You have several optional detours, which are worth to explore, or you are racing, repeat this loop again. Enjoy.
Essential GearCross country skis for nordic skiing in the winter. Many people also snowshoe here.
Hiking shoes/boots in other times of the year. The fall is particularly beautiful with aspens turning gold.
Mountain biking also an option in summer and early fall.
You can rent cross country skis at Ouray Mountain Sports on the Main Street.
History of the Ghost Town
Several buildings are still standing. Through a grant providing funds for stabilization, the Red Mountain Project is currently stabilizing several of the houses.
Ironton was quite a tame town, as towns went in the Red Mountain District. Red Mountain Town, to the south was “livelier”, and was equipped with at least 20 saloons. When a minister came to Red Mountain to establish a church, he was told to hit the road. He was warmly received in Ironton.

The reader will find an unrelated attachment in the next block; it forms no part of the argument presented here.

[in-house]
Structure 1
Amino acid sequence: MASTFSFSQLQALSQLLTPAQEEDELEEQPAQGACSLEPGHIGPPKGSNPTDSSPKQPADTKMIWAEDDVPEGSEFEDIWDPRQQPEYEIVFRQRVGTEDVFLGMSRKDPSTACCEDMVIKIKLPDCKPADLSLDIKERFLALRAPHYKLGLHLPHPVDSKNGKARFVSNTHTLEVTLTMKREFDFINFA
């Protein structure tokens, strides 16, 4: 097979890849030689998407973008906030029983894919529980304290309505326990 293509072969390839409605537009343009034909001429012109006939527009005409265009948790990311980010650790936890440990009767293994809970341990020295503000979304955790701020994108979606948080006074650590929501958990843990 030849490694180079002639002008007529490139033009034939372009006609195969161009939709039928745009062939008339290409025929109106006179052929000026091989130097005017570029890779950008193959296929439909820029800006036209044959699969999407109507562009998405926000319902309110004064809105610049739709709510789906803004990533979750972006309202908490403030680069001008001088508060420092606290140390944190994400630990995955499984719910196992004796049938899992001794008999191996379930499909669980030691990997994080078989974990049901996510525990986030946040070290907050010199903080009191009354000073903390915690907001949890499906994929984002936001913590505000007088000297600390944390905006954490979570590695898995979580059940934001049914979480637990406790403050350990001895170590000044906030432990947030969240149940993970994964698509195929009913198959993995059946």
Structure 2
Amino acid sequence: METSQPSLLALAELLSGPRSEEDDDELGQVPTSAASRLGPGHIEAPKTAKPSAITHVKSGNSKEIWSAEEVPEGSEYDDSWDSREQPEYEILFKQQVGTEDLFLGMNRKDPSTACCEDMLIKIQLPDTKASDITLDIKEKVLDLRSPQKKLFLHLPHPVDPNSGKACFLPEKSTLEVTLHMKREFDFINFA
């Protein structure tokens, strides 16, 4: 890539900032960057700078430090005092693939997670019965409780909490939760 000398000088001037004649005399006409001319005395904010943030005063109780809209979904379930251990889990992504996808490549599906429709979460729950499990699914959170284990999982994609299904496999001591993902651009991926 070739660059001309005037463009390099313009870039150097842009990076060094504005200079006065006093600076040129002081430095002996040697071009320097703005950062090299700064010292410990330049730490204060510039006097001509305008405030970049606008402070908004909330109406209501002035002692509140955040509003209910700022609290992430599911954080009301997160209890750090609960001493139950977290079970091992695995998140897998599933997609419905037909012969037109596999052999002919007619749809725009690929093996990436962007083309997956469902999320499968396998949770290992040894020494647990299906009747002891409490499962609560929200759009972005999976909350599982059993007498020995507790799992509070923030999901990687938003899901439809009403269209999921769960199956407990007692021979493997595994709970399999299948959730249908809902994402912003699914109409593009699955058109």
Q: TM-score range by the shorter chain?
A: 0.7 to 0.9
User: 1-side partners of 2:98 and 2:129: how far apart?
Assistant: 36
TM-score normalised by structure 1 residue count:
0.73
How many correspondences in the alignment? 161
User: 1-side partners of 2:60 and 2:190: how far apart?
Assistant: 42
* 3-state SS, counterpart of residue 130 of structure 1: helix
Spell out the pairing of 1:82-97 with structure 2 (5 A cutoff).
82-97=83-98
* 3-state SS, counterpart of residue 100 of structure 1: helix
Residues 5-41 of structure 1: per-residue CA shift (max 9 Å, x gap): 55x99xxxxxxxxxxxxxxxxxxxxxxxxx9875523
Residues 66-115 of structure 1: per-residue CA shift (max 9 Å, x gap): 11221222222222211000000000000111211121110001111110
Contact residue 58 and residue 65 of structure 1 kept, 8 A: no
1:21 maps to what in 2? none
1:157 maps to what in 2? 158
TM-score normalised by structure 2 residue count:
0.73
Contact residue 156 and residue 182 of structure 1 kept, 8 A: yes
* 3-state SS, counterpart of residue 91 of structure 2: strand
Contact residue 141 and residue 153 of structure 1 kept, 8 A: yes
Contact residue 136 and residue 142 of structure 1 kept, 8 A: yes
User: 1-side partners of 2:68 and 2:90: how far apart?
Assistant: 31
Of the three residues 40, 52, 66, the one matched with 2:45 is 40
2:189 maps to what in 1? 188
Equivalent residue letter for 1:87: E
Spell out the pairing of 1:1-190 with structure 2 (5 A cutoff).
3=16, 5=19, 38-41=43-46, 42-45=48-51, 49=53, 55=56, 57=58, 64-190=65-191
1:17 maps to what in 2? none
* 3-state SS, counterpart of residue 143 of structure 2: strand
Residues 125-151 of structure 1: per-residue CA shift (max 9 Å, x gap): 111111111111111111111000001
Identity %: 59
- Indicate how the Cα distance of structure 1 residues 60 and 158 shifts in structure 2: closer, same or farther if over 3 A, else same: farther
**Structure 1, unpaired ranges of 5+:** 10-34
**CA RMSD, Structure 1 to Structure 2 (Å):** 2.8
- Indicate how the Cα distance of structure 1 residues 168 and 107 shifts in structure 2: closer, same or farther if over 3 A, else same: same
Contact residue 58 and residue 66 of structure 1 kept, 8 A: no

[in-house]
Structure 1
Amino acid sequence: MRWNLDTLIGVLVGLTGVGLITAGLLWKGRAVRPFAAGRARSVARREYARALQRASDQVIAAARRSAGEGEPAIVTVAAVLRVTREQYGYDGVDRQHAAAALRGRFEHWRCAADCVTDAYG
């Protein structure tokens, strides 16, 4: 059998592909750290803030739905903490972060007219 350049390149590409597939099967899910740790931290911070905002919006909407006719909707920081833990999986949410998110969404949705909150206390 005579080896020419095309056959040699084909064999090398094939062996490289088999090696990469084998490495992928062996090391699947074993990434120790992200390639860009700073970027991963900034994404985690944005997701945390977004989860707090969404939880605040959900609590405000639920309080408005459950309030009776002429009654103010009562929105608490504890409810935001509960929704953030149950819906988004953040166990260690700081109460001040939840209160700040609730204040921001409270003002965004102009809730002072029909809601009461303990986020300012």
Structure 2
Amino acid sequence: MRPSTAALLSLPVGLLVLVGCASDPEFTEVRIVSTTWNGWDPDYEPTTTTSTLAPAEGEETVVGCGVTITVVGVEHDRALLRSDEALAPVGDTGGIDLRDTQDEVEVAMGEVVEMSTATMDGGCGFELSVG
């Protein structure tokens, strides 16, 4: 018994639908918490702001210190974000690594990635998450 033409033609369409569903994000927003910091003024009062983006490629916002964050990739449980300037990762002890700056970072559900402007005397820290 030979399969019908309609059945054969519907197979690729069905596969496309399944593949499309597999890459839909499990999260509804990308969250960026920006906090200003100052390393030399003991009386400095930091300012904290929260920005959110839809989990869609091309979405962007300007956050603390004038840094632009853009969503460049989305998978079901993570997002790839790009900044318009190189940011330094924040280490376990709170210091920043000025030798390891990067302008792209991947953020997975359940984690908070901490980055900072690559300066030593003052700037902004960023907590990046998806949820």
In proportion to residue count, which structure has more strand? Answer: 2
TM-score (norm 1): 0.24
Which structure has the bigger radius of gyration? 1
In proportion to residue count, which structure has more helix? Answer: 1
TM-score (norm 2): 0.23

In 1891, one of the only churches in the region was dedicated. A prominent citizen in town even went as far as to purchase a new 2,500$ organ for the new congregation. Many Sundays would find the Silver Bell Band, a group of local miners, performing at the services. These man were mostly of Cornish descent and were said to be most pleasant singers.
Ironton’s mines made their wealth from silver and lead at first. In 1893, the Silver Panic hit the area, and as with many mines in the west, they began to close one by one. Gold was discovered in 1989, which brought a new source of wealth, but it came at a cost. As the mines went deeper, under ground water became a problem. This water also contained high levels of sulphuric acid that corroded the miner’s equipment. The water could not be pumped from the miners at a cost that was economical to the owners. As years went by, even more of the population of Ironton faded away. Mining continued in the area into the 20th century, and people still lived here until the 1960s. Ida L. Harry and Milton Larson were the last residents of Ironton, Milton passing away in 1964.
External LinksInsideOutside on-line magazine with information about Ironton
Ironton Park Nordic Trails
Ouray Visitor Guide information